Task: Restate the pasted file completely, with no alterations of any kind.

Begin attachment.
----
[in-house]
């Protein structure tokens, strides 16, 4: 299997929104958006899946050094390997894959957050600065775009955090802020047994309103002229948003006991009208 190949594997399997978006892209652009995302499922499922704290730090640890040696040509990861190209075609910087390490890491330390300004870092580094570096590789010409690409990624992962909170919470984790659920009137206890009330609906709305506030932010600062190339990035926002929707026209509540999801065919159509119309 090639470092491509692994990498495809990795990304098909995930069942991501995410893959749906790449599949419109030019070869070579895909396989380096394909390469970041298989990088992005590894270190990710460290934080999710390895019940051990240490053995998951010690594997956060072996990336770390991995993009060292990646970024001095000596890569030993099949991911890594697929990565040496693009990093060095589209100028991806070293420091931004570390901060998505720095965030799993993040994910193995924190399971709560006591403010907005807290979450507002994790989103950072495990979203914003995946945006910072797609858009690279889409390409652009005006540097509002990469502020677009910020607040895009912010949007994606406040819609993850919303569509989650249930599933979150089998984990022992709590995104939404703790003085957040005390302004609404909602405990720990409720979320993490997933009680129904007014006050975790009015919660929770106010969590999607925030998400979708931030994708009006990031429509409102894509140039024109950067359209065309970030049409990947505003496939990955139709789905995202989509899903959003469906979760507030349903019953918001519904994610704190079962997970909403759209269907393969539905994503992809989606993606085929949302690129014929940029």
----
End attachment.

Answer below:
[in-house]
């Protein structure tokens, strides 16, 4: 299997929104958006899946050094390997894959957050600065775009955090802020047994309103002229948003006991009208 190949594997399997978006892209652009995302499922499922704290730090640890040696040509990861190209075609910087390490890491330390300004870092580094570096590789010409690409990624992962909170919470984790659920009137206890009330609906709305506030932010600062190339990035926002929707026209509540999801065919159509119309 090639470092491509692994990498495809990795990304098909995930069942991501995410893959749906790449599949419109030019070869070579895909396989380096394909390469970041298989990088992005590894270190990710460290934080999710390895019940051990240490053995998951010690594997956060072996990336770390991995993009060292990646970024001095000596890569030993099949991911890594697929990565040496693009990093060095589209100028991806070293420091931004570390901060998505720095965030799993993040994910193995924190399971709560006591403010907005807290979450507002994790989103950072495990979203914003995946945006910072797609858009690279889409390409652009005006540097509002990469502020677009910020607040895009912010949007994606406040819609993850919303569509989650249930599933979150089998984990022992709590995104939404703790003085957040005390302004609404909602405990720990409720979320993490997933009680129904007014006050975790009015919660929770106010969590999607925030998400979708931030994708009006990031429509409102894509140039024109950067359209065309970030049409990947505003496939990955139709789905995202989509899903959003469906979760507030349903019953918001519904994610704190079962997970909403759209269907393969539905994503992809989606993606085929949302690129014929940029």